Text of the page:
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Charles Engle has been caught embezzling. He writes a suicide note, and goes out wandering on the town. Small-time hustler Bill O'Brian sees him give a couple of big tips, figures he's rich, and plans to take him over to a big-time card game and fleece him. He enlists Nina Barone to help get Engle to the game. She goes along, but is more interested in O'Brien than in his schemes. Meanwhile, a perpetually drunk and none too successful playwright, Gene Gibbons, finds the suicide note. He cooks up a scheme (with the reluctant aid of O'Brien) to get the money Engle needs to pay back his employer and save his life.Written by
John Oswalt <firstname.lastname@example.org>
ANGELS OVER Broadway (Ben Hecht and Lee Garmes, 1940) ***
For the most part this unusual, thought-provoking and character-driven moral fable is a fascinating affair but, in spite of the compact running-time, it becomes tiresomely talkative (especially given Hecht's overwritten script). Co-directed by a writer (Hecht made seven films in this multiple capacity, but this is the first one I've watched!) and a cinematographer that were second to none in their respective professions, it's small wonder that the film is brimming with sparkling dialogue (particularly as delivered by Thomas Mitchell, here in his trademark role of philosophical drunk) and inventive shadowy lighting.
The main roles, however, are equally well-filled: Mitchell, as I said, wasn't really stretching himself here but his three co-stars - Douglas Fairbanks Jr., Rita Hayworth and John Qualen - had rarely been offered such an opportunity to shine up to this point. Fairbanks' best-known role had been his 'smiling villain' Rupert of Hentzau in THE PRISONER OF ZENDA (1937; where's that DVD, Warners?) but he had already made other impressive ensemble pieces, such as THE YOUNG IN HEART (1938; see my review elsewhere) and GUNGA DIN (1939); actually, his role here is sort of similar to that of the former - though he's a harder character, an utter heel, but whose scheme of 'taking' a man he believes to be a millionaire rebounds on himself and actually ends up involved in the 'taking' of his 'business partners' to the benefit of the latter (who's really an embezzler on the brink of suicide)! The unwilling crook is played by John Qualen, the great - if largely unsung - diminutive and mild-mannered character actor, whose other notable roles included the murderer in HIS GIRL Friday (1940), a victim of the Oklahoma Dustbowl in THE GRAPES OF WRATH (1940) and "Miser" Stevens in THE DEVIL AND DANIEL WEBSTER (1941). The film's feminine interest, then, is provided by a young Rita Hayworth who, again, exceeds all expectations with her role of a star-struck girl who forsakes her dreams of glory in order to do a good deed (even if she's initially drawn into the 'plot' purely on a whim by Fairbanks); indeed, the characters' individual reformation - more so than in THE YOUNG IN HEART, and done in a much less sentimental manner - adds an undercurrent of spirituality to the film's prominent sophistication and hard-boiled veneer, which is not so surprising coming from Hecht!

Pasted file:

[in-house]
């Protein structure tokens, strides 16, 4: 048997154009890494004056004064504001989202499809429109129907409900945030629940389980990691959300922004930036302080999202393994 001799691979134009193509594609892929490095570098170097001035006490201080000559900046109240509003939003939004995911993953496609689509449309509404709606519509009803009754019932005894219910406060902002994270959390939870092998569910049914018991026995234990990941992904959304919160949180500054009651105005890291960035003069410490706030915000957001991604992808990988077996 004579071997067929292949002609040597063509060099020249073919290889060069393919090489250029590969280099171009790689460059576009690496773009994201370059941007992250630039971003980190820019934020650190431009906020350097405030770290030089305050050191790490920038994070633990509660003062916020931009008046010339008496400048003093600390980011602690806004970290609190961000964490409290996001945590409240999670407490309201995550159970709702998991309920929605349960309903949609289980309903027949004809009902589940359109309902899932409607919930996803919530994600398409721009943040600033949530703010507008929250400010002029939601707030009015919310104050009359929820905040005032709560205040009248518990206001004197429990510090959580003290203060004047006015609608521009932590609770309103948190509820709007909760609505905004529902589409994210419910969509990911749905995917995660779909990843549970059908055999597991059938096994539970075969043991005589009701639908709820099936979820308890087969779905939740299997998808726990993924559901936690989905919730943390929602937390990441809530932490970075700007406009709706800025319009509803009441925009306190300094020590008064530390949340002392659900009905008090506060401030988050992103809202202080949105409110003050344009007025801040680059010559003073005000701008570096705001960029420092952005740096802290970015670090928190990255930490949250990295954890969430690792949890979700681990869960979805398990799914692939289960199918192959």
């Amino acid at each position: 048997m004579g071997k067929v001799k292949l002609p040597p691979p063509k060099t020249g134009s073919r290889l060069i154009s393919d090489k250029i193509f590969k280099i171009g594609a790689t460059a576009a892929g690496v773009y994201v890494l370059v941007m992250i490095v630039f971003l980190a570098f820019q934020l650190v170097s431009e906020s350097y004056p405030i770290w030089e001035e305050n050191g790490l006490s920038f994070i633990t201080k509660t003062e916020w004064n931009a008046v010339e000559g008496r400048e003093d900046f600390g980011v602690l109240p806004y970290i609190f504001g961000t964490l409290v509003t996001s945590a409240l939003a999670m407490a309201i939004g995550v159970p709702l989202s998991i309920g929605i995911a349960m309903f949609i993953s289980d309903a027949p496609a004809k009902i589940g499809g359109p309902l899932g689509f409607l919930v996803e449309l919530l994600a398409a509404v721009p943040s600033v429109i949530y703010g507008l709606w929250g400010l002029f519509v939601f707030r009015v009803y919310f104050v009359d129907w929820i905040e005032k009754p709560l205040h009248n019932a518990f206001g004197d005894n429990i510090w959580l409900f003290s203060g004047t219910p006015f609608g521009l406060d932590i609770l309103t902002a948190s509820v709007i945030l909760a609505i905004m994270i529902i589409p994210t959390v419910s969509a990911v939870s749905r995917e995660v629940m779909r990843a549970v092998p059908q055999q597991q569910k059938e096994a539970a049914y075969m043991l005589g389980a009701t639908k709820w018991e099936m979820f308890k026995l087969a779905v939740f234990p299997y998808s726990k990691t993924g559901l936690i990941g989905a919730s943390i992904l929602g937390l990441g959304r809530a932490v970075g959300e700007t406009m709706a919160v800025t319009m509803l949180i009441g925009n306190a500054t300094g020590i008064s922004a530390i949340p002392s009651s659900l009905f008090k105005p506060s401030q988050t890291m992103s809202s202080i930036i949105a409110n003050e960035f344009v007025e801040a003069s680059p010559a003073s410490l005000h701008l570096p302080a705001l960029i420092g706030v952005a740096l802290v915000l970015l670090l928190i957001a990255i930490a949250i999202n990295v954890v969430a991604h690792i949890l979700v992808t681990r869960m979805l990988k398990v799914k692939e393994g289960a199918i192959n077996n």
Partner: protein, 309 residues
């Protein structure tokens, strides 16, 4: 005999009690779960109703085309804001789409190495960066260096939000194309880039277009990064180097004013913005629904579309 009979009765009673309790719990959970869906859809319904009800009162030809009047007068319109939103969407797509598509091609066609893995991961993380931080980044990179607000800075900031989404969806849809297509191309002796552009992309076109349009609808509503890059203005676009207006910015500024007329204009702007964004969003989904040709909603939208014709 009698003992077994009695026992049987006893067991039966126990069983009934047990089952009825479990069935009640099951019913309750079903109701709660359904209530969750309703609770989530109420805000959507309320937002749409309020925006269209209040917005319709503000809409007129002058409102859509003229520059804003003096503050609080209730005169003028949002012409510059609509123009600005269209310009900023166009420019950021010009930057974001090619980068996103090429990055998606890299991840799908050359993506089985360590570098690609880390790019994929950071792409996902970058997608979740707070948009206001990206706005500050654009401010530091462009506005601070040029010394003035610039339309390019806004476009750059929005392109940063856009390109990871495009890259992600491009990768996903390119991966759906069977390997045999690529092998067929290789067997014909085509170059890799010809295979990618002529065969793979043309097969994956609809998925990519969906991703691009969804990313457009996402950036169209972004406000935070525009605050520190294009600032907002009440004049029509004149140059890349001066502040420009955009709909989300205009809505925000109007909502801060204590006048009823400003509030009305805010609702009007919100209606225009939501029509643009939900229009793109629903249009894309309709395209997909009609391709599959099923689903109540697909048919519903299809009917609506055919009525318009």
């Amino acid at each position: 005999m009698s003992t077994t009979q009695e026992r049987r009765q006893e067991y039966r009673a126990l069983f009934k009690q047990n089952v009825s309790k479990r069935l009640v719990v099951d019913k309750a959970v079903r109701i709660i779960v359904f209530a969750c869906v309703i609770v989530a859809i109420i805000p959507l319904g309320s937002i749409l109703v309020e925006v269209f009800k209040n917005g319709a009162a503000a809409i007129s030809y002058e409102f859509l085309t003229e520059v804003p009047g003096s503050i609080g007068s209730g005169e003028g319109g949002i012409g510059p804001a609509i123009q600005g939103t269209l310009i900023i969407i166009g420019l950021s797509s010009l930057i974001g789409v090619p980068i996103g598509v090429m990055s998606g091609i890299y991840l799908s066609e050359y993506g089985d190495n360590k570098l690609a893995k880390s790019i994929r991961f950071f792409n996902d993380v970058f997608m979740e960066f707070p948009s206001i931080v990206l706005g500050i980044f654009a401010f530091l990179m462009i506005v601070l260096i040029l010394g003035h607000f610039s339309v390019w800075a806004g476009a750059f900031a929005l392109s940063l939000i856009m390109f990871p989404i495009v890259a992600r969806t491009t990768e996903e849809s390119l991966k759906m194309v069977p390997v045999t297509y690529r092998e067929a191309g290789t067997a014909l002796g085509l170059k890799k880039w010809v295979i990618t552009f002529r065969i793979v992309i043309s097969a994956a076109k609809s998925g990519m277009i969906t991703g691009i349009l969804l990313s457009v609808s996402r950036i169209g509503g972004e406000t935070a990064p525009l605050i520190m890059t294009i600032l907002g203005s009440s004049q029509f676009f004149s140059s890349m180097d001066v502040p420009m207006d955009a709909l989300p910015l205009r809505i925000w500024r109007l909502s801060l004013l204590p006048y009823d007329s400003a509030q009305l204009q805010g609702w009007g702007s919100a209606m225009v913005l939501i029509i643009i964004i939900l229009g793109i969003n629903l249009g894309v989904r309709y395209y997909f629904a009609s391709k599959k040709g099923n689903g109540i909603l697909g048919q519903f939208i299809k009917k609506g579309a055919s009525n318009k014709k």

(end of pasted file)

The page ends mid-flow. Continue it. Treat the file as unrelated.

For its time, ANGELS OVER Broadway must have seemed like a B-movie with pretensions; while it falters here and there under the strain of its own self-indulgence, because it is unique, the film doesn't feel all that dated today and is bound to give detailed pleasure on every viewing.
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